Source | FastCompany : By Dave Kerpen
“This is stupid and a total waste of my time!”
I didn’t say that, but was I thinking it. I had taken an entire day off work for this group of CEOs that I’d recently joined. We were supposed to meet on a monthly basis, but I had to be trained first. So here I was attending “Forum Training” with seven other entrepreneurs, where I’d just been taught about something called “mirroring.”
Mirroring, we were told, means repeating back exactly what someone else has said, word for word, preceded by “I hear you saying” or “I heard you say.” For example, if I heard a forum member say, “I’m feeling worried about losing our biggest client,” I would “mirror” that person by replying: “I hear you saying you’re feeling worried about losing your biggest client.”
In those few minutes after we were taught how to mirror and began practicing it, I was cynical. I’d just spent thousands of dollars to join this organization and had taken an entire precious day off from work to attend this training, and I felt like I was back in kindergarten. What good could saying the exact words back to someone possibly do? It seemed frivolous, fake—actually, it felt really stupid.
Then it was my turn to be mirrored, and everything changed.
I talked for several minutes about pretty deep personal stuff and feelings about those issues. Afterward, we went around the table, and each person mirrored me by repeating one thing he or she heard me say:
I heard you say you’ve struggled all of your life with weight and that it feels like a constant battle.
I heard you saying you’ve had to deal with your dad’s bipolar disorder for over 20 years and that sometimes it feels really lonely.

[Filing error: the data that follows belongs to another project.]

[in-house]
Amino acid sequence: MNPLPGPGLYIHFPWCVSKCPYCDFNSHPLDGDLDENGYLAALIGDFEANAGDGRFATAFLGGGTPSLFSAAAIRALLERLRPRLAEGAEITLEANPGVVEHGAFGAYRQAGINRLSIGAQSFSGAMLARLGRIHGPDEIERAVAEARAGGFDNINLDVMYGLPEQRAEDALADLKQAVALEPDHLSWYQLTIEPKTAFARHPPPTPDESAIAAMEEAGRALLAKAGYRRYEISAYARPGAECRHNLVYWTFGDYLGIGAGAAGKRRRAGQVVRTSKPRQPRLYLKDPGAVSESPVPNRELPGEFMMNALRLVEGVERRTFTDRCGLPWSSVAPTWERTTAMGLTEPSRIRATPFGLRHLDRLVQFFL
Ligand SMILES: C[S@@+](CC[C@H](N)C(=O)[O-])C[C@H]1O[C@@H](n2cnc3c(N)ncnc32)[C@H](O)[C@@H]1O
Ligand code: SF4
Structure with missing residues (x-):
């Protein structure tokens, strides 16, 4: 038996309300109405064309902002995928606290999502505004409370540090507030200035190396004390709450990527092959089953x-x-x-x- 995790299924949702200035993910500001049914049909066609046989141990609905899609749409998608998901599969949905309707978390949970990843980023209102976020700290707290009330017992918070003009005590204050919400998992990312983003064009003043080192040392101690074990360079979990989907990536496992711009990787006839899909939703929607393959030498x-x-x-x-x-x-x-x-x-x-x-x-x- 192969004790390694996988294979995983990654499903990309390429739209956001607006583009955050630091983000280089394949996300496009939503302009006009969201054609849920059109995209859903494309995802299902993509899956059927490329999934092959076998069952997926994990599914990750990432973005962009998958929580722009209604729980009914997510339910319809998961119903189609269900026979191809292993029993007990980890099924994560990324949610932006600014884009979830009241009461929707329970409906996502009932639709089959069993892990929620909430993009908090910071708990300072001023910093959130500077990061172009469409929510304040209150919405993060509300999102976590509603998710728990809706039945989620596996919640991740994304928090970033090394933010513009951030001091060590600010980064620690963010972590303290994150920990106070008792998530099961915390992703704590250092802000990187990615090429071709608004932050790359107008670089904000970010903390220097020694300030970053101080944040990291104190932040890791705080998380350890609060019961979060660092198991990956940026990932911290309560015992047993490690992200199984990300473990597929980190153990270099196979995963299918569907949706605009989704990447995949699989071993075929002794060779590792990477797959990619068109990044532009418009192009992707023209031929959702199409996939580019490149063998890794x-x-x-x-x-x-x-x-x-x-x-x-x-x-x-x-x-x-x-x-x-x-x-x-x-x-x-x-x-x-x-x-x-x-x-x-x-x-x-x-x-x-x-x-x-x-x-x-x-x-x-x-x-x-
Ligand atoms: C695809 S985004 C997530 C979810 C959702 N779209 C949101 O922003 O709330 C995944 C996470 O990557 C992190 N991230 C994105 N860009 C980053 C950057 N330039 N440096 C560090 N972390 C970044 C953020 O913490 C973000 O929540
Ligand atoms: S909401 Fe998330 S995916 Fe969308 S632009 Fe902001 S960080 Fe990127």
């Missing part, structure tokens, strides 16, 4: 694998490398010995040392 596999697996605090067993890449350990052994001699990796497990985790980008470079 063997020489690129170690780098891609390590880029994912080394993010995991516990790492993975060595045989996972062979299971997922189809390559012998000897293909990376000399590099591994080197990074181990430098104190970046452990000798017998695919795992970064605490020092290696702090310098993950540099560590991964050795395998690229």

I heard you say you were in love with a married woman and that felt impossible at the time but that eventually you let her go, and then you ended up together, and that felt amazing.
“Wow,” I thought. I felt heard. I felt listened to. I felt that they really cared about me—or at least about what I had to say about myself. I’d just met these people that morning, and I felt surprisingly close to them, all thanks to an amazingly straightforward (you might even say superficial) speaking technique.
But mirroring isn’t as superficial as I’d thought, even if it is really simple. As it turns out, it’s is a massively powerful shortcut for connecting deeply to people. It’s easier said than done, though. Simply repeating back what you’re hearing can help you forge a bond with other people and win their trust, but it also can be interpreted as insincere and inauthentic—patronizing, even.
There’s only one very simple solution to this: You have to actually care about whatever statement or idea you’re mirroring.